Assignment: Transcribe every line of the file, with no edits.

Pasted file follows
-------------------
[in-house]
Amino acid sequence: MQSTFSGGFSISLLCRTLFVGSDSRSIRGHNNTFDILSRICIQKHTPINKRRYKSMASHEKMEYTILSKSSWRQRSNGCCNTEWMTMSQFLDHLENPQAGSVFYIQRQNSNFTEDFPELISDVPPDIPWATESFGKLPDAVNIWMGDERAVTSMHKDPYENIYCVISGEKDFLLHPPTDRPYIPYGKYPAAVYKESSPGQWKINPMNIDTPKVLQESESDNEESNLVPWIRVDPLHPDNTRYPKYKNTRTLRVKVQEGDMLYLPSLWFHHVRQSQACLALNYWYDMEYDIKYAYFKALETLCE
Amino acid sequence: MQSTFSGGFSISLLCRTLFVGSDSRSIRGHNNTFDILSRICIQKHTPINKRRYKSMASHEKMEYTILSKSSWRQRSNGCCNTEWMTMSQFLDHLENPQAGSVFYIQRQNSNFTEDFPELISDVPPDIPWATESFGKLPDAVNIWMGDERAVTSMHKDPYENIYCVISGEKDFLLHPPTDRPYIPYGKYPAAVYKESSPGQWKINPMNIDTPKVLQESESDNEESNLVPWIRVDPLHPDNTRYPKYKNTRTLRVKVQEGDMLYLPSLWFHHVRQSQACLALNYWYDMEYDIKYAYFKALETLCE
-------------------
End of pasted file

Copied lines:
[in-house]
Amino acid sequence: MQSTFSGGFSISLLCRTLFVGSDSRSIRGHNNTFDILSRICIQKHTPINKRRYKSMASHEKMEYTILSKSSWRQRSNGCCNTEWMTMSQFLDHLENPQAGSVFYIQRQNSNFTEDFPELISDVPPDIPWATESFGKLPDAVNIWMGDERAVTSMHKDPYENIYCVISGEKDFLLHPPTDRPYIPYGKYPAAVYKESSPGQWKINPMNIDTPKVLQESESDNEESNLVPWIRVDPLHPDNTRYPKYKNTRTLRVKVQEGDMLYLPSLWFHHVRQSQACLALNYWYDMEYDIKYAYFKALETLCE
Amino acid sequence: MQSTFSGGFSISLLCRTLFVGSDSRSIRGHNNTFDILSRICIQKHTPINKRRYKSMASHEKMEYTILSKSSWRQRSNGCCNTEWMTMSQFLDHLENPQAGSVFYIQRQNSNFTEDFPELISDVPPDIPWATESFGKLPDAVNIWMGDERAVTSMHKDPYENIYCVISGEKDFLLHPPTDRPYIPYGKYPAAVYKESSPGQWKINPMNIDTPKVLQESESDNEESNLVPWIRVDPLHPDNTRYPKYKNTRTLRVKVQEGDMLYLPSLWFHHVRQSQACLALNYWYDMEYDIKYAYFKALETLCE